Raw material and finished goods — changing dynamics amid climate push

By: |
April 3, 2021 2:15 AM

Current projections uniformly expect a contraction of demand and production in China in 2021. If this takes place, it would cause significant flutter in the trading price of iron ore.

Steel industry in China has performed well in the Covid 19 pandemic year with a 5.2% rise in production (@1053MT) in 2020 and a projected growth of 8% in steel consumption at 980.1 MT, according to WSA.Steel industry in China has performed well in the Covid 19 pandemic year with a 5.2% rise in production (@1053MT) in 2020 and a projected growth of 8% in steel consumption at 980.1 MT, according to WSA.

For any commodity it is universally true that raw material availability, its quality and price provide fundamental basis for the pricing of the finished products. Any risk associated with the input materials are perceived with utmost concern. In the recent past, both in the world market and inside the country, these types of events get major media publicity which in a way influence the marketing of the finished goods. It is fair to assume that supply scenario of the finished products also influences the demand and price of the raw materials and in a way, both are correlated.

Thus as the report on heavy rains and flood leading to the closure of the main rail link to Newcastle port and disruption of rail link to export terminals in South Africa have been made public, Indian buyers of thermal coal were looking for alternate sources of supply like Indonesia and coal prices started to move up. It is apparent that premium low vol coking coal HCC which sharply came down from $160.5/T FOB Australia in Jan’21 to $112/T in 4th week of March’21 may move further northward in the coming weeks.

The environmental push by the Chinese government in specific provinces (Tangshan etc.) may impose production ban on polluting industries and lead to supply constraints. However, as the overall demand scenario in China is good buoyed by stimulus measures and easing of the property market, the demand for merchant iron ore by China would continue unabated, thereby sustaining iron ore prices (current price CFR Chinese port $ 164.8/T) with marginal rise in H1 of 2021.

Current projections uniformly expect a contraction of demand and production in China in 2021. If this takes place, it would cause significant flutter in the trading price of iron ore.

Steel industry in China has performed well in the Covid-19 pandemic year with a 5.2% rise in production (@1053MT) in 2020 and a projected growth of 8% in steel consumption at 980.1 MT, according to WSA. In the first two months of 2021 the Chinese production (175MT) has grown by as high as 12.9% with a corresponding positive push to steel consumption.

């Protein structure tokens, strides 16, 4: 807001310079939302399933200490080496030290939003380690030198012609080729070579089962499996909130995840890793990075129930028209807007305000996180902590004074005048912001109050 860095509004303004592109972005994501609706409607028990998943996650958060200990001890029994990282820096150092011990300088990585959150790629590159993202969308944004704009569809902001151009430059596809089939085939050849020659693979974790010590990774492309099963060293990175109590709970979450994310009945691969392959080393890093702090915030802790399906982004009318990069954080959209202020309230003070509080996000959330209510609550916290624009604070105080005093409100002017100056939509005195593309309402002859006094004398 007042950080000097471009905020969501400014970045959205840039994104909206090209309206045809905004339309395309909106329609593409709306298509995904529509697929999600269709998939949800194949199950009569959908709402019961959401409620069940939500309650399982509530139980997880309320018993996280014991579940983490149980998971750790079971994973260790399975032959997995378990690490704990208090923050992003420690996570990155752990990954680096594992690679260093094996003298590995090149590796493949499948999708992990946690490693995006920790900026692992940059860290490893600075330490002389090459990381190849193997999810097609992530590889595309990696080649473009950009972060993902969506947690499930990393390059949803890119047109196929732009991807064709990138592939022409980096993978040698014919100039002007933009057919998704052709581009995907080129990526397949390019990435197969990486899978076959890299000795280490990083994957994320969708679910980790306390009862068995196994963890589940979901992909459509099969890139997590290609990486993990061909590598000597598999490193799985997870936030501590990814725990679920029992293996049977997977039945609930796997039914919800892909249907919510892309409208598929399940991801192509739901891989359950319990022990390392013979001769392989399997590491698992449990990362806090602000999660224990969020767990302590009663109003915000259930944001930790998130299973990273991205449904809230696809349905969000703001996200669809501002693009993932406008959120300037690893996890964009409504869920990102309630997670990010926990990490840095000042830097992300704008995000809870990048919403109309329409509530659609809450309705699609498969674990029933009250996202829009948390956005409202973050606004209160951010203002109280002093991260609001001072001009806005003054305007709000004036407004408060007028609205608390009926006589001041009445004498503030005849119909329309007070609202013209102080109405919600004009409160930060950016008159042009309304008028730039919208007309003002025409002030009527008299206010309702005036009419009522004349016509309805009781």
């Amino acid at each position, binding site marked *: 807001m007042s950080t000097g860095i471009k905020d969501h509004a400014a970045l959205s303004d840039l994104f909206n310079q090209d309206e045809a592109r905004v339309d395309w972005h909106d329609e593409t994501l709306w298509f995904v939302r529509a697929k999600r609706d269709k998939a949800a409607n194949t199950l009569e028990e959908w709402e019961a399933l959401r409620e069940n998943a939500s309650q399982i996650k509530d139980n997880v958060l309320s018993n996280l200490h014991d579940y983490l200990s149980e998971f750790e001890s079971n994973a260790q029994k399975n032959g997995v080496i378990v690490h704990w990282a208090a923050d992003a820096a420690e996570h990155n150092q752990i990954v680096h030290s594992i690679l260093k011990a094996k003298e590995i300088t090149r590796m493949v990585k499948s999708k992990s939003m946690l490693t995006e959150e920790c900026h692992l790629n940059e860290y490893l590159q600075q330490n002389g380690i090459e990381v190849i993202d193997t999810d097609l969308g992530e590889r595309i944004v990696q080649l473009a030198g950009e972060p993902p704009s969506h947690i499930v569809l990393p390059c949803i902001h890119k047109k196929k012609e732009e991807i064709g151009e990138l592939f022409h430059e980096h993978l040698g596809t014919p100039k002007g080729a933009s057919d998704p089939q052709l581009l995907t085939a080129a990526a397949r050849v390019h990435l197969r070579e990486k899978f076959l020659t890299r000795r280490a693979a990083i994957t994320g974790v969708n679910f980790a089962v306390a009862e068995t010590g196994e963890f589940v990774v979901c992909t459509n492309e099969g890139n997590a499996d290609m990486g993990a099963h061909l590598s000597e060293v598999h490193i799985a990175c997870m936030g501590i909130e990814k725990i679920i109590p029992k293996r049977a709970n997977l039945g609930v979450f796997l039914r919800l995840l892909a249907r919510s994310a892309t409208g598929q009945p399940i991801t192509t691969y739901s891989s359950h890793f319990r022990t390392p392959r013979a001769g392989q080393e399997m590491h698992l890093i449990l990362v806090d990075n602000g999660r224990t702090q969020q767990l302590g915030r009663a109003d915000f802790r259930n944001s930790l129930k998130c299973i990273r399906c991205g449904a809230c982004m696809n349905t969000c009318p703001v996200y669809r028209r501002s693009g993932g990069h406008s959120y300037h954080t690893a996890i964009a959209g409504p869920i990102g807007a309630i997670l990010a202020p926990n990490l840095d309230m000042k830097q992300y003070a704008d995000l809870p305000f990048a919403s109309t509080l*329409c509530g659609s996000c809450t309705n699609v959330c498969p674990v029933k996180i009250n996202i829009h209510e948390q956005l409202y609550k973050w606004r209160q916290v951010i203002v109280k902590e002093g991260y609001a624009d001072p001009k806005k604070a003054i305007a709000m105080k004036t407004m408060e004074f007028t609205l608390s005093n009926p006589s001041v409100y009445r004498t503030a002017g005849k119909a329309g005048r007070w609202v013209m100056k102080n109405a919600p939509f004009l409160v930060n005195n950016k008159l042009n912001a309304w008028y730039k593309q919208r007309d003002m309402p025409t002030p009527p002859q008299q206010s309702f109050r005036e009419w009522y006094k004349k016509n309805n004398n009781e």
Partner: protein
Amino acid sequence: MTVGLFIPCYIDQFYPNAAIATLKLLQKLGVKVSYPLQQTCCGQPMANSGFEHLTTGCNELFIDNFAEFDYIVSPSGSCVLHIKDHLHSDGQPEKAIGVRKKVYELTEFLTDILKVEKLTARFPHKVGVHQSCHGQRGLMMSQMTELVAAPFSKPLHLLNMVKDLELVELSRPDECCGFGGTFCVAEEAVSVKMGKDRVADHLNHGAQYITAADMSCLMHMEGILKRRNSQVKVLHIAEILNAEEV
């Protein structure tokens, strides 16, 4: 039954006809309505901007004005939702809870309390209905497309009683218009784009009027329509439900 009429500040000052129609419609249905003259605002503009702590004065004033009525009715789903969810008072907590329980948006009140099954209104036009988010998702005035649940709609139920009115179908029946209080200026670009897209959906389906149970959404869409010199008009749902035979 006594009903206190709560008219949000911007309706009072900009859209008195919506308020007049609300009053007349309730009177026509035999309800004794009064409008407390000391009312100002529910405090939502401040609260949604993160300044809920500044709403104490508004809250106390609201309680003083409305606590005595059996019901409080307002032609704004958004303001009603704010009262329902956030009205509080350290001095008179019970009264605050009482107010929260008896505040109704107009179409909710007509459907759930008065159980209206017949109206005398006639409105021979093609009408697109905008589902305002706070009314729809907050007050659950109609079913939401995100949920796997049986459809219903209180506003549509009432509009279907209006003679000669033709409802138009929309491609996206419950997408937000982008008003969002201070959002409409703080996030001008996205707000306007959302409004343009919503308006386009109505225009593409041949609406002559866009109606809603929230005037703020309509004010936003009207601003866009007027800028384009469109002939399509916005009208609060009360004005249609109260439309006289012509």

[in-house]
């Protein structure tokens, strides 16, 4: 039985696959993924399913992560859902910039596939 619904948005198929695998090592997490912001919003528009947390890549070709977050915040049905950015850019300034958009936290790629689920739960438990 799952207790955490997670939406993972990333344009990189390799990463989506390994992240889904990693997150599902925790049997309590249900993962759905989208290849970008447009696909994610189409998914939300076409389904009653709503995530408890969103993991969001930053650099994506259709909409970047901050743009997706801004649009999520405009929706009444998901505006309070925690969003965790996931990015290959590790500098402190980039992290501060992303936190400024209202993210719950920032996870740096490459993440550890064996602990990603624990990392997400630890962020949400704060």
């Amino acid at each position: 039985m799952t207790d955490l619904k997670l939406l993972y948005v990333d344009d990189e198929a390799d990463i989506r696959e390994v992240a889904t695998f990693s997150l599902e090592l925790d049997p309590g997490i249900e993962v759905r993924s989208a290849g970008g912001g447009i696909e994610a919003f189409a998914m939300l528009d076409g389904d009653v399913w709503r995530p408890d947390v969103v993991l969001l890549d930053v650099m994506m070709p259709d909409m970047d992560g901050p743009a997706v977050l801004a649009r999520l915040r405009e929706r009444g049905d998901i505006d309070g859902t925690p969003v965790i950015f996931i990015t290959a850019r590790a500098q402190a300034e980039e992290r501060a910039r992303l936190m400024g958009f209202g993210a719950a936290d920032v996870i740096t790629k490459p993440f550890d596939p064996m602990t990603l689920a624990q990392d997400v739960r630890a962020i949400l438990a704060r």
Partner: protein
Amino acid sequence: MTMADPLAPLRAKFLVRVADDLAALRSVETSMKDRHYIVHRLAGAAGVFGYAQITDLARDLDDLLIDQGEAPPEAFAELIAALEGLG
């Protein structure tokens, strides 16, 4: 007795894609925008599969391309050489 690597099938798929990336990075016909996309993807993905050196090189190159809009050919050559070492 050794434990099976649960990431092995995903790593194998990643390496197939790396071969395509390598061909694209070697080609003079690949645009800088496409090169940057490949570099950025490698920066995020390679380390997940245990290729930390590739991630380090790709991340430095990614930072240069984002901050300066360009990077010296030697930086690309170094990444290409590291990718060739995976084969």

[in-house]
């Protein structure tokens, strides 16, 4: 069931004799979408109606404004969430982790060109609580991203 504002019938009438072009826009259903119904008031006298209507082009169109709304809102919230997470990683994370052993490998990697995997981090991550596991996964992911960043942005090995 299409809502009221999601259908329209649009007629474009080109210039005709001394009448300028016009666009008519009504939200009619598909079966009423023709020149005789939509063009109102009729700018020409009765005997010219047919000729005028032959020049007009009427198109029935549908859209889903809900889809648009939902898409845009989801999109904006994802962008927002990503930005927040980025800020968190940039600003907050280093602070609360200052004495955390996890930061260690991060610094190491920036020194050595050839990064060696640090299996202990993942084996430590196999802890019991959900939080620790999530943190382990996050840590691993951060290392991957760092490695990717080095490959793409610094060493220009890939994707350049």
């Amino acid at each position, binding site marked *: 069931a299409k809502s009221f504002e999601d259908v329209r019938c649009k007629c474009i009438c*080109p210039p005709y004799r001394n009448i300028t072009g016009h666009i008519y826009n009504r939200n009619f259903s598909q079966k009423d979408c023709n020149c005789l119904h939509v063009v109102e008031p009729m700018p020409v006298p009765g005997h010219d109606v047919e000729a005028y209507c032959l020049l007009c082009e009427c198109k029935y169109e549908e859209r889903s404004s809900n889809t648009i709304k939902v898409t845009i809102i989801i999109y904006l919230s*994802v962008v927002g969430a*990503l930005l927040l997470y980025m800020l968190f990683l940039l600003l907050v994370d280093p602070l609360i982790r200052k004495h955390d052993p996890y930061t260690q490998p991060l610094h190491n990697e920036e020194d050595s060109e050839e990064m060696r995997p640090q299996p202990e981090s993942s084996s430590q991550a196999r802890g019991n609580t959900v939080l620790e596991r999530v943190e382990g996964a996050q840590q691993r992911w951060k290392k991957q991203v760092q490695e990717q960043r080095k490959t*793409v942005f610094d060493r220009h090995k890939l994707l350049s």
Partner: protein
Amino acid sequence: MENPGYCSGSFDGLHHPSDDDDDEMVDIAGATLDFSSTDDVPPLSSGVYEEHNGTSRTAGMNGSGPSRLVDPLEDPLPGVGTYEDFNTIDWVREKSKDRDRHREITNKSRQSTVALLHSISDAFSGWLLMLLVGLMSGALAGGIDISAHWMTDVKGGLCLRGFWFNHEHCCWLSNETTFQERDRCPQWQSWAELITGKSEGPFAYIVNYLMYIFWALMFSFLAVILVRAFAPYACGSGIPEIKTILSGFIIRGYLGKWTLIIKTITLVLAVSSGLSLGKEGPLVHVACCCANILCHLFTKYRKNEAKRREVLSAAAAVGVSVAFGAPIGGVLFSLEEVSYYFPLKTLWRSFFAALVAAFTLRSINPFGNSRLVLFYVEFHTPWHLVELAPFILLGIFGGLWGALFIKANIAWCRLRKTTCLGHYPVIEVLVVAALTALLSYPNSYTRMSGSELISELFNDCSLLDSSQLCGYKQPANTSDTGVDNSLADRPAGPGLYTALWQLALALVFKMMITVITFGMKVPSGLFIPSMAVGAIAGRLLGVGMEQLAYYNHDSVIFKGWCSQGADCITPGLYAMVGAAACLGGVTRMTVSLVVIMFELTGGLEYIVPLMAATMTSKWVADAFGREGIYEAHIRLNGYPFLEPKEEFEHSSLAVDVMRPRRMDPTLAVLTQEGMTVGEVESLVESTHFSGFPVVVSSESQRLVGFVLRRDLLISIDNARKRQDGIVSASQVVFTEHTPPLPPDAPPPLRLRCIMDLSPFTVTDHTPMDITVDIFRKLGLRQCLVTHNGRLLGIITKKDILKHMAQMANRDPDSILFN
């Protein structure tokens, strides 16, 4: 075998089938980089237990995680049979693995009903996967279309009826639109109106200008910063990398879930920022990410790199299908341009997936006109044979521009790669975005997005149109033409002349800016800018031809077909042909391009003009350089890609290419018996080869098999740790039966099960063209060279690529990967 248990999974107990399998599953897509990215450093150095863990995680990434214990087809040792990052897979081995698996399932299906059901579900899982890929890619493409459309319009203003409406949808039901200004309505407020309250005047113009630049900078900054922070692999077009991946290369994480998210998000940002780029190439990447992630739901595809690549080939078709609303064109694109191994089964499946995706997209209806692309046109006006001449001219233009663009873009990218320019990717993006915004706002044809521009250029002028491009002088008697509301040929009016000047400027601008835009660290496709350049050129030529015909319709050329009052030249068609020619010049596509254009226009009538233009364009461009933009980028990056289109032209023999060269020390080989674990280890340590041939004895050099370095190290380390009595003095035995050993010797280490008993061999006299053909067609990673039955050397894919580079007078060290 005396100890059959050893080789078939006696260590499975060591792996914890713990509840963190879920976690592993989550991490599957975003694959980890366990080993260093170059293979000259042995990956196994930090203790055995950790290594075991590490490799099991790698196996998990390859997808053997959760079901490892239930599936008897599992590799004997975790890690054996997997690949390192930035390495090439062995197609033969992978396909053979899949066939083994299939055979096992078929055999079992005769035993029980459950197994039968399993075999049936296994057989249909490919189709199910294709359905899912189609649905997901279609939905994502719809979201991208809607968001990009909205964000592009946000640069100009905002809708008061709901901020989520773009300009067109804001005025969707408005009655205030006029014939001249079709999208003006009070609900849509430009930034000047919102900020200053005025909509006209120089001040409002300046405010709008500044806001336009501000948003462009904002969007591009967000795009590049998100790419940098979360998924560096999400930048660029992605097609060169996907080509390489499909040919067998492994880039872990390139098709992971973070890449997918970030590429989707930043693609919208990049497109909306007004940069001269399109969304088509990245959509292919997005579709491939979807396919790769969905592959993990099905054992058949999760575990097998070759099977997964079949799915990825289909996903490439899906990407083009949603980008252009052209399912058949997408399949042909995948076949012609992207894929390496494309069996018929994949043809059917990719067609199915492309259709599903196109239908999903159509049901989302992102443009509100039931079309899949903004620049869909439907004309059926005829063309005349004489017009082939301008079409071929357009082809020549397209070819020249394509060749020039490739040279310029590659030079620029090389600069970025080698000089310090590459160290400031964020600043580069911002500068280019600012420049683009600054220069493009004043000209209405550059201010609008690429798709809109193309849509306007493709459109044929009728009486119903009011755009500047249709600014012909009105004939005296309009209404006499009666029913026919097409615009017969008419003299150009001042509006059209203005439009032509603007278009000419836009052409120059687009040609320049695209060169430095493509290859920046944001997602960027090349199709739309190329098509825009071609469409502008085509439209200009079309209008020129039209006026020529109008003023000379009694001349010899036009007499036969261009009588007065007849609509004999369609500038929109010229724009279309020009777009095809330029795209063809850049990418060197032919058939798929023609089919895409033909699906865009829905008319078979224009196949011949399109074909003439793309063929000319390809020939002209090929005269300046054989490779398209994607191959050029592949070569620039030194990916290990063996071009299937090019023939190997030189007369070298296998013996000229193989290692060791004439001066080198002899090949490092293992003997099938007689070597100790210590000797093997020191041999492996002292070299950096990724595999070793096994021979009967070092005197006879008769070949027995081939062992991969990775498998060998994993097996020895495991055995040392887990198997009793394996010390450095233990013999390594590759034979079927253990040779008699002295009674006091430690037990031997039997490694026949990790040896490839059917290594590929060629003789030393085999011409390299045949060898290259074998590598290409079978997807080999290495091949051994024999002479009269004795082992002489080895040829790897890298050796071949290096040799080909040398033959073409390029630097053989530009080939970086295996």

Although production restriction on account of environmental reasons in the current year may lead to correction in provincial performance, degrowth in total production volume in 2021 which is predicted by most of the analysts may not come true. And therefore the estimates by WSA at keeping the consumption in 2021 at the same level in 2020 does not seem to be warranted as of now. The share of China in global steel consumption which started at 16.6% at the beginning of the century has already reached 54.6% share (India: 5.6%) in total consumption.

Another aspect arising out of this interdependence of raw materials and finished products, global and domestic, relates to the perception of the various players. For instance, when the global price of a commodity rises due to supply constraint or higher demand, the message to the producers of similar product in the domestic market is a positive signal towards raising the prices irrespective of the quantum. The oft-repeated import parity is a well established phenomenon that is called upon for justification. Needless to mention this is applicable to commodities that are regularly traded in the global market.

The other part is through direct import of the commodity which now becomes costlier to put pressure on the similar goods in the domestic market for price push. In the event of rise in global prices of specific commodities, there exists a sense of relative deprivation on the part of the domestic players, and this is most important, there is no demand shrinkage for the product.

Technology has a significant role to play in influencing the prices of raw materials and finished goods. It is anticipated that use of fossil fuel would undergo a paradigm shift in the coming decade.

Coal based power and steel, as it causes environmental problem, would be substituted by renewable energy and alternative routes for steel making like syn gas (coal syn gas, natural gas) and hydrogen based. The demand for metallurgical coal would be reduced over the years, while demand for non-coking coal for generation of syn gas for DRI and other downstream industries like Chemical and fertiliser would still be there.

Increasing use of scrap (incentivised by vehicle scrappage policy and setting up of scrap processing centres) by furnaces would enhance EAF capacities relatively more compared to BF-BOF process. A time is fast approaching when export products entering markets in EU and other regions would have to pass through rating benchmarked on CO2 emission levels.
(Views expressed are personal)

The author is Former DG,
Institute of Steel Development and Growth

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